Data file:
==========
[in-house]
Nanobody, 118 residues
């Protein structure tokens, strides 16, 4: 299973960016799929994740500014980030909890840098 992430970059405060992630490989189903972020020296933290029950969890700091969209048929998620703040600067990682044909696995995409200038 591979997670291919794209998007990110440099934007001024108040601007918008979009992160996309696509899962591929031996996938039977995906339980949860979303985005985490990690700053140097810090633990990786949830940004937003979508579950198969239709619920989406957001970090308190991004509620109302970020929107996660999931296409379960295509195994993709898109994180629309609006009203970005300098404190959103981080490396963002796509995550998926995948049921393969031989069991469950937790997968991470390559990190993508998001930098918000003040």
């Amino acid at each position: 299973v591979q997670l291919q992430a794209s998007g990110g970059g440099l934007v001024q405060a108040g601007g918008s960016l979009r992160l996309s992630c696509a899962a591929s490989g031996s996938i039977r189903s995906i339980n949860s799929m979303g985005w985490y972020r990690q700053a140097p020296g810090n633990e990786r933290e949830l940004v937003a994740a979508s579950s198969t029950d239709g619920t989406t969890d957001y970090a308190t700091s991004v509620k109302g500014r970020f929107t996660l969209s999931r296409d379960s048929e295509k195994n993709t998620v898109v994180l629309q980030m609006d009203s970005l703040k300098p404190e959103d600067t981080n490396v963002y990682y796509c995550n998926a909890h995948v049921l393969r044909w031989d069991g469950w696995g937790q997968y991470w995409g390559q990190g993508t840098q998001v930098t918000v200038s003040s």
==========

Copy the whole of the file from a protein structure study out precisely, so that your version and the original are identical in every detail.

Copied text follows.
[in-house]
Nanobody, 118 residues
């Protein structure tokens, strides 16, 4: 299973960016799929994740500014980030909890840098 992430970059405060992630490989189903972020020296933290029950969890700091969209048929998620703040600067990682044909696995995409200038 591979997670291919794209998007990110440099934007001024108040601007918008979009992160996309696509899962591929031996996938039977995906339980949860979303985005985490990690700053140097810090633990990786949830940004937003979508579950198969239709619920989406957001970090308190991004509620109302970020929107996660999931296409379960295509195994993709898109994180629309609006009203970005300098404190959103981080490396963002796509995550998926995948049921393969031989069991469950937790997968991470390559990190993508998001930098918000003040």
């Amino acid at each position: 299973v591979q997670l291919q992430a794209s998007g990110g970059g440099l934007v001024q405060a108040g601007g918008s960016l979009r992160l996309s992630c696509a899962a591929s490989g031996s996938i039977r189903s995906i339980n949860s799929m979303g985005w985490y972020r990690q700053a140097p020296g810090n633990e990786r933290e949830l940004v937003a994740a979508s579950s198969t029950d239709g619920t989406t969890d957001y970090a308190t700091s991004v509620k109302g500014r970020f929107t996660l969209s999931r296409d379960s048929e295509k195994n993709t998620v898109v994180l629309q980030m609006d009203s970005l703040k300098p404190e959103d600067t981080n490396v963002y990682y796509c995550n998926a909890h995948v049921l393969r044909w031989d069991g469950w696995g937790q997968y991470w995409g390559q990190g993508t840098q998001v930098t918000v200038s003040s």